There are numerous exercises available, including strength training, indoor cycling, and kickboxing. Other popular activities, such as yoga and Pilates, emphasize flexibility and deliberate movement and are less likely to leave you overheated and out of breath. Now, a new trend has emerged: stretching-only studios. What services are these studios providing, and how will this assist you?
What services do stretch studios provide?
StretchLab, StretchMed, and LYMBYR are just a few of the studios that provide assisted stretching sessions, either one-on-one or in small groups. The purported advantages range from acceptable goals such as increased flexibility and range of motion to more dubious claims such as injury prevention and chronic pain elimination.
"If you participate in certain activities that demand flexibility, such as dancing or gymnastics, stretching may be necessary to preserve a range of motion," says Dr Adam Tenforde, an associate professor of physical medicine and rehabilitation at Harvard Medical School and a sports medicine physician at Spaulding Rehabilitation and Massachusetts General Brigham.
However, if your goal is to improve your overall health, the evidence for stretching is woefully insufficient, particularly in comparison to the wealth of research supporting the advantages of frequent, moderate physical activity.
"Contrary to common assumption, there is no consistent evidence that stretching aids in injury prevention," Dr Tenforde states. Additionally, if you already have an injury, such as a muscle or joint strain, excessively extending the tissue may aggravate the injury, he says.
Although the "stretch therapists" and "flexologists" at stretching studios may have certain certifications and training, they are unlikely to be trained to identify and treat health-related causes of pain or stiffness. If you've had a musculoskeletal injury in the past or are currently experiencing one, you're much better off seeing a physical therapist who has the experience and training to treat you properly.
Are you experiencing tightness and stiffness?
If you are injury-free but feel tight and stiff, consider taking a yoga session, which can bring additional benefits such as strengthening your balance and assisting you in relaxing and de-stressing. Alternatively, consider tai chi, a moderate, meditative type of exercise that has been shown to improve blood pressure and balance. Another possibility is to receive a massage.
If you choose to try assisted stretching in a studio, Dr Tenforde advises that you listen to your body and convey your feelings to the therapist working on you.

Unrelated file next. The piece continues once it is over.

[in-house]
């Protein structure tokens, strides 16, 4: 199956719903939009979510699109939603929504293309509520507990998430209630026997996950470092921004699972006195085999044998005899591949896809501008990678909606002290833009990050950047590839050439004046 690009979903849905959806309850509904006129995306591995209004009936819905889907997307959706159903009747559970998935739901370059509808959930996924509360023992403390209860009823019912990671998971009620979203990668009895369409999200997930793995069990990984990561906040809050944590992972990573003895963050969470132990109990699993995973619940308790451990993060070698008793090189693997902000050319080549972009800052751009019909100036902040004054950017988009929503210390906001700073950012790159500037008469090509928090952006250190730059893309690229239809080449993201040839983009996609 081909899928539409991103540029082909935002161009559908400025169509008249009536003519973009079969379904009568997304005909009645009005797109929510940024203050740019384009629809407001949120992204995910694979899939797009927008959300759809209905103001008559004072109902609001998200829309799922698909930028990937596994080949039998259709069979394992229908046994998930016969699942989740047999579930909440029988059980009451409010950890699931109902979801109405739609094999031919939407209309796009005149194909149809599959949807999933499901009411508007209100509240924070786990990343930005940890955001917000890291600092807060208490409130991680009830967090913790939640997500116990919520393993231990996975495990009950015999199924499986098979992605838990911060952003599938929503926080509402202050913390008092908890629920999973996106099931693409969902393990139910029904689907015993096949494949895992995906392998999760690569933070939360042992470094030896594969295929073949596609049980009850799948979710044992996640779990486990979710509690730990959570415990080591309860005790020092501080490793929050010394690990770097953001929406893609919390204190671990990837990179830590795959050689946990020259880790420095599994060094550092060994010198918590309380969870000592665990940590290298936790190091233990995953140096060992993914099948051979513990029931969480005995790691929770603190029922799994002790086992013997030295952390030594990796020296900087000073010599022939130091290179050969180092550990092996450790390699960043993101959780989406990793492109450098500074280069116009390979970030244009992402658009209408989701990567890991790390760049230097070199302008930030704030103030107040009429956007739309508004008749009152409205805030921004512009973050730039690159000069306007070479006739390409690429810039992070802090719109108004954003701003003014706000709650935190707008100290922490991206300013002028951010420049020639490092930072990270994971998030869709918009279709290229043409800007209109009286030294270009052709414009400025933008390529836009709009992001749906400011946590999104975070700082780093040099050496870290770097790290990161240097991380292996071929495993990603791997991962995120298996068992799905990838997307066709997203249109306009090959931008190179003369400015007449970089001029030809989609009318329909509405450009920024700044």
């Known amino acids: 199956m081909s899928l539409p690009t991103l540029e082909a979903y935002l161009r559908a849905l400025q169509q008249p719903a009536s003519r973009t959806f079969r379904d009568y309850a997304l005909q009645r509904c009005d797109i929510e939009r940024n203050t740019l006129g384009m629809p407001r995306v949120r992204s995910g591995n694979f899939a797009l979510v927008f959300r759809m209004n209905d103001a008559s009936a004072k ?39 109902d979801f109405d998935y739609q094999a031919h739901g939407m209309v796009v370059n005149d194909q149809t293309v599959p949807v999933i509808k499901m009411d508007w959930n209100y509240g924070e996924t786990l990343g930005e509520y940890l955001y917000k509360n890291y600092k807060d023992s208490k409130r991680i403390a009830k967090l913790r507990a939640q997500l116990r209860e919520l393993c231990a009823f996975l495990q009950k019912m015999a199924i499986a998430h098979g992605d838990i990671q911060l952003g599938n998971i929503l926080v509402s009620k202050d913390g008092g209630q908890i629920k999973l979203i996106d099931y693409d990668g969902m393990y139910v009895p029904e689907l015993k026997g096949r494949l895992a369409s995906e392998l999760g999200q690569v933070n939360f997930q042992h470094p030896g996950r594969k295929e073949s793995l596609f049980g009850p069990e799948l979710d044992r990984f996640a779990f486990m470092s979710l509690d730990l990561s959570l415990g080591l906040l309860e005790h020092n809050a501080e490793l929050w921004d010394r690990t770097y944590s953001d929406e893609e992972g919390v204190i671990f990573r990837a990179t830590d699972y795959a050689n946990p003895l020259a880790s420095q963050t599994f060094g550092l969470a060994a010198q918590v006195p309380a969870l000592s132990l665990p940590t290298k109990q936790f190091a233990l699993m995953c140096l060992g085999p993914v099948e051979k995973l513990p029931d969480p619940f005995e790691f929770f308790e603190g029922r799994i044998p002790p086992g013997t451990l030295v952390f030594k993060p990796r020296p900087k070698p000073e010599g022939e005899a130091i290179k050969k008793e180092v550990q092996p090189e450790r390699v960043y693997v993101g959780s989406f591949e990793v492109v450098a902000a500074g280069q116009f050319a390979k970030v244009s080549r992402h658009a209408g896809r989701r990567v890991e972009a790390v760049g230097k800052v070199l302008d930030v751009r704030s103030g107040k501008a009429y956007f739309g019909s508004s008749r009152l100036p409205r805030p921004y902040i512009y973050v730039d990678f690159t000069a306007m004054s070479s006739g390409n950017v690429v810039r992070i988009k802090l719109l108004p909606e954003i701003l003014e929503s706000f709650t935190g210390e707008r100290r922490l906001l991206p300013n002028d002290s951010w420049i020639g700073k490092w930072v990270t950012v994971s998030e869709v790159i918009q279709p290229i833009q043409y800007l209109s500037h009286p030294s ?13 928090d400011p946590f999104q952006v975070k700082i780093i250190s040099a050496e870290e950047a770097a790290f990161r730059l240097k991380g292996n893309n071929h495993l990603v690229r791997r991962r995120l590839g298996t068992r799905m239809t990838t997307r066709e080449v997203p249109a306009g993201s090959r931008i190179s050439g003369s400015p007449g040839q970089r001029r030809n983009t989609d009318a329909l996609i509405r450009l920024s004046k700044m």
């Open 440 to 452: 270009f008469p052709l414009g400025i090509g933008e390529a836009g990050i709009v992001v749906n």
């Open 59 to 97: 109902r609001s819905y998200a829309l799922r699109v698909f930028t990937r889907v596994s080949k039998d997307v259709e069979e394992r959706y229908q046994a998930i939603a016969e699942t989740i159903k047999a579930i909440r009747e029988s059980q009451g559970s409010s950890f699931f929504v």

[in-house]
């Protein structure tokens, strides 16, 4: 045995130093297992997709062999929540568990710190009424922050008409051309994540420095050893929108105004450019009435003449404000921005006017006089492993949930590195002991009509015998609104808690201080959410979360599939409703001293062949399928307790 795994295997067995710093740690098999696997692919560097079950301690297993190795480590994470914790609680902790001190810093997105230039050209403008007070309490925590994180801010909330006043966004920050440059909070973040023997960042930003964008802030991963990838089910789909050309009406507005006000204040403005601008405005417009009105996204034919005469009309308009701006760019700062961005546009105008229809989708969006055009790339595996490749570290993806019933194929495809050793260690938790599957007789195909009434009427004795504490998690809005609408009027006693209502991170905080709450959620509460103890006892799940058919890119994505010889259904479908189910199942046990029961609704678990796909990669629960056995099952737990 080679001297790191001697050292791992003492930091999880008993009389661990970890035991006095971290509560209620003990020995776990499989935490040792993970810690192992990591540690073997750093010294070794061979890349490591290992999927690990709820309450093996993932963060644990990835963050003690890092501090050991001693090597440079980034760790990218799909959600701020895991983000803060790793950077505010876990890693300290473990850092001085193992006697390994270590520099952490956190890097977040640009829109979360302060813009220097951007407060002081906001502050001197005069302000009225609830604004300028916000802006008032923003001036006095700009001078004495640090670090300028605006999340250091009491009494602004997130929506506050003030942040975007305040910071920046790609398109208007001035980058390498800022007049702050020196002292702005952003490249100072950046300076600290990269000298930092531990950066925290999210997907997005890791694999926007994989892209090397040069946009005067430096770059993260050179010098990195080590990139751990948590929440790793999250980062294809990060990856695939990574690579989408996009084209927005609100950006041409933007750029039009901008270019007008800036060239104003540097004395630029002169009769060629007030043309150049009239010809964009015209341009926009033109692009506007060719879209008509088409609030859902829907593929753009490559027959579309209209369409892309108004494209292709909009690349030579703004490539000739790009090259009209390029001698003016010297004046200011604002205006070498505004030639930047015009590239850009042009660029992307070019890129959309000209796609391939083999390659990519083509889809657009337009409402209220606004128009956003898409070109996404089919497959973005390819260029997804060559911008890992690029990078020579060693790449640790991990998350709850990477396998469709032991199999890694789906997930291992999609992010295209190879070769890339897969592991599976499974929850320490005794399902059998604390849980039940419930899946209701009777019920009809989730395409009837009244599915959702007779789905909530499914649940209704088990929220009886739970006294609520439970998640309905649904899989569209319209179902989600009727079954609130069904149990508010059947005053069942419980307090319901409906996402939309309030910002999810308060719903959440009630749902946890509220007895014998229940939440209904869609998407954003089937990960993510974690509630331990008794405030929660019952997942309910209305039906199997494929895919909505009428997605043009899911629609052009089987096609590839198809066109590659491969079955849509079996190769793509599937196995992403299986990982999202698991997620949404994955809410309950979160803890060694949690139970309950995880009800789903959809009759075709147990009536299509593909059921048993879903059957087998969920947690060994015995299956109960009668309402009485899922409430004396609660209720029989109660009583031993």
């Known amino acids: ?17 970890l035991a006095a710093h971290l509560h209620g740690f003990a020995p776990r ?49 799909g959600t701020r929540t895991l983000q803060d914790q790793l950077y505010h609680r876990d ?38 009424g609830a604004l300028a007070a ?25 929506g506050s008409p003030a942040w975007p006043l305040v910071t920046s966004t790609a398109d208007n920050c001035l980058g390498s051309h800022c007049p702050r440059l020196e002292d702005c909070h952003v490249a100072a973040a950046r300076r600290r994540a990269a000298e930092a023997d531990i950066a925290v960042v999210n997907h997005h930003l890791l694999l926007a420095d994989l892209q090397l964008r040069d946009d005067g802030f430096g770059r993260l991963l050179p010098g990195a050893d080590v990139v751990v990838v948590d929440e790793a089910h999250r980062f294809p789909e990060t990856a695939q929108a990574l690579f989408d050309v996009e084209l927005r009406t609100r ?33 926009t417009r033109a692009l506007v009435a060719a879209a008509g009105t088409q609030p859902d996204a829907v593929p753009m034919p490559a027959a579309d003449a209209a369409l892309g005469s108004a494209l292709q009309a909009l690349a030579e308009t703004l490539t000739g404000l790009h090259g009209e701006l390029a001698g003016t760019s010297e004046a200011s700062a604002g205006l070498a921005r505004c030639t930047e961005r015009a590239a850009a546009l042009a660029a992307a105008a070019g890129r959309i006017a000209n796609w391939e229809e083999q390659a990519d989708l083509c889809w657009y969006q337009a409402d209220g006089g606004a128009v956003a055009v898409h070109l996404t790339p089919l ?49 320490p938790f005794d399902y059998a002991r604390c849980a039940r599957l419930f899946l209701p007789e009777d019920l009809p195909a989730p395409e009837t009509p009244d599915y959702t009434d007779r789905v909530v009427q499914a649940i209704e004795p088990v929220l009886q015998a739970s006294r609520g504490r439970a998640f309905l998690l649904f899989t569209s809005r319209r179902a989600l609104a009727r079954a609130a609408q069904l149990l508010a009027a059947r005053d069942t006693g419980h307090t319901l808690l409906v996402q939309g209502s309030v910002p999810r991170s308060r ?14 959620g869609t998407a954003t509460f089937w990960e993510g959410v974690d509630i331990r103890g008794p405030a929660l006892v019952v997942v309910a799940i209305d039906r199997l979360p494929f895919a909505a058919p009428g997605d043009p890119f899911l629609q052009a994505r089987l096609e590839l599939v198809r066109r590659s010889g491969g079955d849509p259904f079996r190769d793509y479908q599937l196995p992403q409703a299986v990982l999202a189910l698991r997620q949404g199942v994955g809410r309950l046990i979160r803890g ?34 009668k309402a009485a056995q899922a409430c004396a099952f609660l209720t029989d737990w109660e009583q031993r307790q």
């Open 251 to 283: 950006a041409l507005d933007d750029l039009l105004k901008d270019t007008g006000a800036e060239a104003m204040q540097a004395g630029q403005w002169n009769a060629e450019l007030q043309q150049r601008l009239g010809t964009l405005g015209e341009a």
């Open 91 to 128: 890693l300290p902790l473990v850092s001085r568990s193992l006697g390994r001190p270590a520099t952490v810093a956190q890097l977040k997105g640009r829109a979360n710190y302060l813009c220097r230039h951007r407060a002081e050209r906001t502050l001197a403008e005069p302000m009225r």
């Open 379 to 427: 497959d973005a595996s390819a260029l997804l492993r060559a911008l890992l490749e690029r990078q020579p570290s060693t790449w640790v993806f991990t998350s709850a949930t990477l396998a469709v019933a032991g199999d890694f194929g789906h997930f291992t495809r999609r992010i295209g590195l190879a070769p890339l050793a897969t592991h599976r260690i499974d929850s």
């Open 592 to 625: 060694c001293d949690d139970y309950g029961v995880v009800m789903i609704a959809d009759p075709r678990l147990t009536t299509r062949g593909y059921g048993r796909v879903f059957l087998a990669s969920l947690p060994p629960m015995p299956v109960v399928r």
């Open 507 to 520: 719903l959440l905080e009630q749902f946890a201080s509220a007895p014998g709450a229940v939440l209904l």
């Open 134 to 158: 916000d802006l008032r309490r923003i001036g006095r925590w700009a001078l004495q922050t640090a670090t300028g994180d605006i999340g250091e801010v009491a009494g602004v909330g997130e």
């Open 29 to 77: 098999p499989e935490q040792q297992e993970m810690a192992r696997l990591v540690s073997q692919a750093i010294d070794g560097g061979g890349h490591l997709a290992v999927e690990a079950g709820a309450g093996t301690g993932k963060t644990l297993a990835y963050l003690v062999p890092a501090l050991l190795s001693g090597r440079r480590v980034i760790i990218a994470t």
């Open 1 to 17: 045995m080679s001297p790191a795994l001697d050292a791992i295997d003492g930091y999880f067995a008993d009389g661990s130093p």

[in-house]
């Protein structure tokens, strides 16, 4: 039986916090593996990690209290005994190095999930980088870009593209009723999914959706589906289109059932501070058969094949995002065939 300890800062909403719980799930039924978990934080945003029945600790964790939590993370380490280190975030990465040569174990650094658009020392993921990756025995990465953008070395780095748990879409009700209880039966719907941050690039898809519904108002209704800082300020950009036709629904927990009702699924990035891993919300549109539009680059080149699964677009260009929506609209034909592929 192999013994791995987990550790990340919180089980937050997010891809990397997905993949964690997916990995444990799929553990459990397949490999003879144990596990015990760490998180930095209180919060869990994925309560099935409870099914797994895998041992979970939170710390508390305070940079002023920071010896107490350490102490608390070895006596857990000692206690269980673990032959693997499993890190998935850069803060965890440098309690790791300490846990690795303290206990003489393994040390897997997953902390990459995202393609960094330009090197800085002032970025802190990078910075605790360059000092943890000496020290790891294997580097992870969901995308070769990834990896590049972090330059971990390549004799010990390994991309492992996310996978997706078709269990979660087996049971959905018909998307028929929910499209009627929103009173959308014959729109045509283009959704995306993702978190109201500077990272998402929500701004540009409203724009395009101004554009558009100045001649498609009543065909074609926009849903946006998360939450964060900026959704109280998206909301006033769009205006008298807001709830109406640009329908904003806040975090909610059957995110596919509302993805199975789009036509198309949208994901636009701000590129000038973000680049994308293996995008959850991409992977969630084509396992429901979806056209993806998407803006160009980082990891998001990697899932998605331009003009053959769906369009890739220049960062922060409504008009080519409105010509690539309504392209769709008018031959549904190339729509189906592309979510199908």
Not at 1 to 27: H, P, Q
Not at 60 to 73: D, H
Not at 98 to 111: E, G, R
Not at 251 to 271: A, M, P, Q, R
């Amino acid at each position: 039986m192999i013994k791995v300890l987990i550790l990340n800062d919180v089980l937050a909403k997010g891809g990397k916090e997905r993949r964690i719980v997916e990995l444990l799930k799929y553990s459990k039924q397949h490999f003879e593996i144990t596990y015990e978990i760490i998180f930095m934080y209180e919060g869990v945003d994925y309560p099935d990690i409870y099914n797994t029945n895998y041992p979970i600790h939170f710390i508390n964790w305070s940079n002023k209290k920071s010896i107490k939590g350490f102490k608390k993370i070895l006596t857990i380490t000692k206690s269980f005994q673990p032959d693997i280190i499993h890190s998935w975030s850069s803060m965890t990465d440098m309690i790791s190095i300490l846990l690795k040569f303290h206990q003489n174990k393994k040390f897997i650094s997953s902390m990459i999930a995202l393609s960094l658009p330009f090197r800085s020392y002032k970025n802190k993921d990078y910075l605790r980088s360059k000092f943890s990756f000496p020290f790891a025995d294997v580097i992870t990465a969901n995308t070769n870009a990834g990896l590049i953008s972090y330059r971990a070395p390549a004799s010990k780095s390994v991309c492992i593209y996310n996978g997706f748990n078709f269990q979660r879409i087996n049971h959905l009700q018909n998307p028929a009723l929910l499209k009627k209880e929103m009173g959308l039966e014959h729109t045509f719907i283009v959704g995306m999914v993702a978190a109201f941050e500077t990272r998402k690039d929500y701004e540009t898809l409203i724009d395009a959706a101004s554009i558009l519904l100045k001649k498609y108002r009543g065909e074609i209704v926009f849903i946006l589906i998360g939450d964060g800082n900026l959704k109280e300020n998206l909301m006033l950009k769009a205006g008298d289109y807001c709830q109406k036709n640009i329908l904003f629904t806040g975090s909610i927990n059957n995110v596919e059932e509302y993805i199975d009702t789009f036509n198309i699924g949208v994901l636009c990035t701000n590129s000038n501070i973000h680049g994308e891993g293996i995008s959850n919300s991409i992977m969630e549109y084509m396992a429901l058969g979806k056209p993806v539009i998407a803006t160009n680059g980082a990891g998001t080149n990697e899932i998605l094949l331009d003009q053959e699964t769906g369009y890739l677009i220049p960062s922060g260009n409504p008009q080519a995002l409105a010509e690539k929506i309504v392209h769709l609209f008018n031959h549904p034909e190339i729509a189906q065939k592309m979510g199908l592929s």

However, you'll likely benefit your general health more by spending that time on a brisk walk or some other form of exercise, he says. The majority of Americans fall short of the federally mandated physical activity standards, which call for 150 minutes of moderate-intensity exercise and muscle-strengthening activities twice weekly. "As physicians, we are more concerned with diseases associated with inactivity than with diseases associated with inflexibility," Dr Tenforde explains.
Want to stretch at home?
Three simple morning exercises — arm sweeps, backbend, and chair pose — can assist in relieving morning stiffness. This is also effective during the day if you spend an excessive amount of time sitting.
Stretching at home has the potential to save you both money and time. These recommendations will assist you in getting the most out of your morning stretches or other flexibility programs performed at home.
Muscles should be warmed up initially. Muscles, like taffy, stretch more easily when they are heated.
Feel no discomfort. Never stretch to the point of pain; always to the point of mild strain.
Maintain proper posture and form. Posture is critical regardless of whether you are sitting, standing, or moving. Stretch photos provide only a portion of the tale; therefore, carefully study directions to ensure proper shape.
Concentrate on the muscle that is being stretched. Often, one side of your body is more constricting than the other. Balance this over time.
Breathe. Maintain a relaxed breathing pattern when stretching rather than holding your breath.
Practice frequently. You'll develop the most flexibility if you stretch frequently – daily, or as frequently as feasible during the week. At a minimum, attempt to stretch twice or three times every week.